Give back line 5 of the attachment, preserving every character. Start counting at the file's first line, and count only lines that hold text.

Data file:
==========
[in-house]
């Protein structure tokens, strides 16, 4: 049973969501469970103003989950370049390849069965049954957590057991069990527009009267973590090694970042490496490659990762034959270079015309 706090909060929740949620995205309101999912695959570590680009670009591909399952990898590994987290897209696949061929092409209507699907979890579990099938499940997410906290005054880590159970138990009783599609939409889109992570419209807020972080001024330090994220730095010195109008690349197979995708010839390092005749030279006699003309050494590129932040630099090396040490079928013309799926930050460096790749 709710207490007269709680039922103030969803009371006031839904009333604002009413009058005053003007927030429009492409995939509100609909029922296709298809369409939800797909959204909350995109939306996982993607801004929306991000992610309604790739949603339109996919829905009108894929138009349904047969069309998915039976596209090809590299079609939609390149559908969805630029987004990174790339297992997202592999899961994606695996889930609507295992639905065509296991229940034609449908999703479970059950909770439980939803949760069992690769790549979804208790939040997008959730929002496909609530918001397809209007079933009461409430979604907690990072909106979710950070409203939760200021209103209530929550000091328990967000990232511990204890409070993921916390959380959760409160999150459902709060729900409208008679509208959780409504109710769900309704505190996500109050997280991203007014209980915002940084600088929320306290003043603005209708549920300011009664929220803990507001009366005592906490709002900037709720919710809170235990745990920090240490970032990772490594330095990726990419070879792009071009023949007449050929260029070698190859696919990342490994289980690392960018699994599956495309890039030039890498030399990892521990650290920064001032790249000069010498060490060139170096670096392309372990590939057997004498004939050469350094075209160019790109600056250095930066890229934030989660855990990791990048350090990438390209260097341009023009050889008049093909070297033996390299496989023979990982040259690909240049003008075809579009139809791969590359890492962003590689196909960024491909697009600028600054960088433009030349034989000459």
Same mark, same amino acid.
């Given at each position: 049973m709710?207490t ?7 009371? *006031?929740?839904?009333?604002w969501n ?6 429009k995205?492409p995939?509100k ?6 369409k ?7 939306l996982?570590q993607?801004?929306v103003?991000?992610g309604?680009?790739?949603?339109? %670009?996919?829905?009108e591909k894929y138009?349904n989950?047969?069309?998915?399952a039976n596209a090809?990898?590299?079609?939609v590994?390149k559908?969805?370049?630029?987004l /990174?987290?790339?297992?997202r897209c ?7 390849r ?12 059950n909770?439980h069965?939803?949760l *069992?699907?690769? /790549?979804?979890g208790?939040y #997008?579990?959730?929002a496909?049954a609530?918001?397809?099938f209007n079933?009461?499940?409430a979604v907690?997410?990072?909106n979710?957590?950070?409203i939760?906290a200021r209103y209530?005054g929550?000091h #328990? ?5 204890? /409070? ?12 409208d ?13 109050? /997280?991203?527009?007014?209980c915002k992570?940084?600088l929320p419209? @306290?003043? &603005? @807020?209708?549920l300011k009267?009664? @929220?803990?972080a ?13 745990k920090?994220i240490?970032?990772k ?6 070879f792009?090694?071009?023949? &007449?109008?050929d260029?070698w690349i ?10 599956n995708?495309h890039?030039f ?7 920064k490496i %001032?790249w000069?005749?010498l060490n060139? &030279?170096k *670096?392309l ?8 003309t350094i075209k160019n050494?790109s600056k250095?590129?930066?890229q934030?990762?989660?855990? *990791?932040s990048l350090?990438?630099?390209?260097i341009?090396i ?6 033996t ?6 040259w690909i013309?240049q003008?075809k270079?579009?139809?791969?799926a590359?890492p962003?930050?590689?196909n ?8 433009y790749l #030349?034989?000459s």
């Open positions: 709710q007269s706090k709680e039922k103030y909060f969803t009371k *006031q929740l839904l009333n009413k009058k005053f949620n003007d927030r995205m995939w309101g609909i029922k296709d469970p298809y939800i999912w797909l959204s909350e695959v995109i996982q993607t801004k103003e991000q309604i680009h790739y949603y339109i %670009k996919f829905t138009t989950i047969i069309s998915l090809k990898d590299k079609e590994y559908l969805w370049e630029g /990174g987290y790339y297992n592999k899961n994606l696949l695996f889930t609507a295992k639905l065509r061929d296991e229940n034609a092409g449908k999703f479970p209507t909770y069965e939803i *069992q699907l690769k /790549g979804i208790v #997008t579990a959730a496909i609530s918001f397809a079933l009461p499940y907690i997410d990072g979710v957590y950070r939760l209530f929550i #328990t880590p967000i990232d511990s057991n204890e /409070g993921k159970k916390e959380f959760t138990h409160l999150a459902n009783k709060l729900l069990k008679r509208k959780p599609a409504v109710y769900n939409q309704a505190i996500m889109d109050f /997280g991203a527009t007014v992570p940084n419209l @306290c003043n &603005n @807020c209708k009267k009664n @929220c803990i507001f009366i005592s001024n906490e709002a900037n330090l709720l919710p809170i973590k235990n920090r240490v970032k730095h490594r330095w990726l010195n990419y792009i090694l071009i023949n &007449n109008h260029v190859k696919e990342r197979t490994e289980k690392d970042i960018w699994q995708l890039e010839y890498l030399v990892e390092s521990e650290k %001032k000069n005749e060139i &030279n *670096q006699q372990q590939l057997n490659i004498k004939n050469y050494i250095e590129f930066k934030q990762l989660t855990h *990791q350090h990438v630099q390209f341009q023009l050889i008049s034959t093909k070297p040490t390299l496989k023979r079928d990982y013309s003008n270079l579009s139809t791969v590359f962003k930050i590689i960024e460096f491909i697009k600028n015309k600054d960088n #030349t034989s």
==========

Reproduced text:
């Open positions: 709710q007269s706090k709680e039922k103030y909060f969803t009371k *006031q929740l839904l009333n009413k009058k005053f949620n003007d927030r995205m995939w309101g609909i029922k296709d469970p298809y939800i999912w797909l959204s909350e695959v995109i996982q993607t801004k103003e991000q309604i680009h790739y949603y339109i %670009k996919f829905t138009t989950i047969i069309s998915l090809k990898d590299k079609e590994y559908l969805w370049e630029g /990174g987290y790339y297992n592999k899961n994606l696949l695996f889930t609507a295992k639905l065509r061929d296991e229940n034609a092409g449908k999703f479970p209507t909770y069965e939803i *069992q699907l690769k /790549g979804i208790v #997008t579990a959730a496909i609530s918001f397809a079933l009461p499940y907690i997410d990072g979710v957590y950070r939760l209530f929550i #328990t880590p967000i990232d511990s057991n204890e /409070g993921k159970k916390e959380f959760t138990h409160l999150a459902n009783k709060l729900l069990k008679r509208k959780p599609a409504v109710y769900n939409q309704a505190i996500m889109d109050f /997280g991203a527009t007014v992570p940084n419209l @306290c003043n &603005n @807020c209708k009267k009664n @929220c803990i507001f009366i005592s001024n906490e709002a900037n330090l709720l919710p809170i973590k235990n920090r240490v970032k730095h490594r330095w990726l010195n990419y792009i090694l071009i023949n &007449n109008h260029v190859k696919e990342r197979t490994e289980k690392d970042i960018w699994q995708l890039e010839y890498l030399v990892e390092s521990e650290k %001032k000069n005749e060139i &030279n *670096q006699q372990q590939l057997n490659i004498k004939n050469y050494i250095e590129f930066k934030q990762l989660t855990h *990791q350090h990438v630099q390209f341009q023009l050889i008049s034959t093909k070297p040490t390299l496989k023979r079928d990982y013309s003008n270079l579009s139809t791969v590359f962003k930050i590689i960024e460096f491909i697009k600028n015309k600054d960088n #030349t034989s």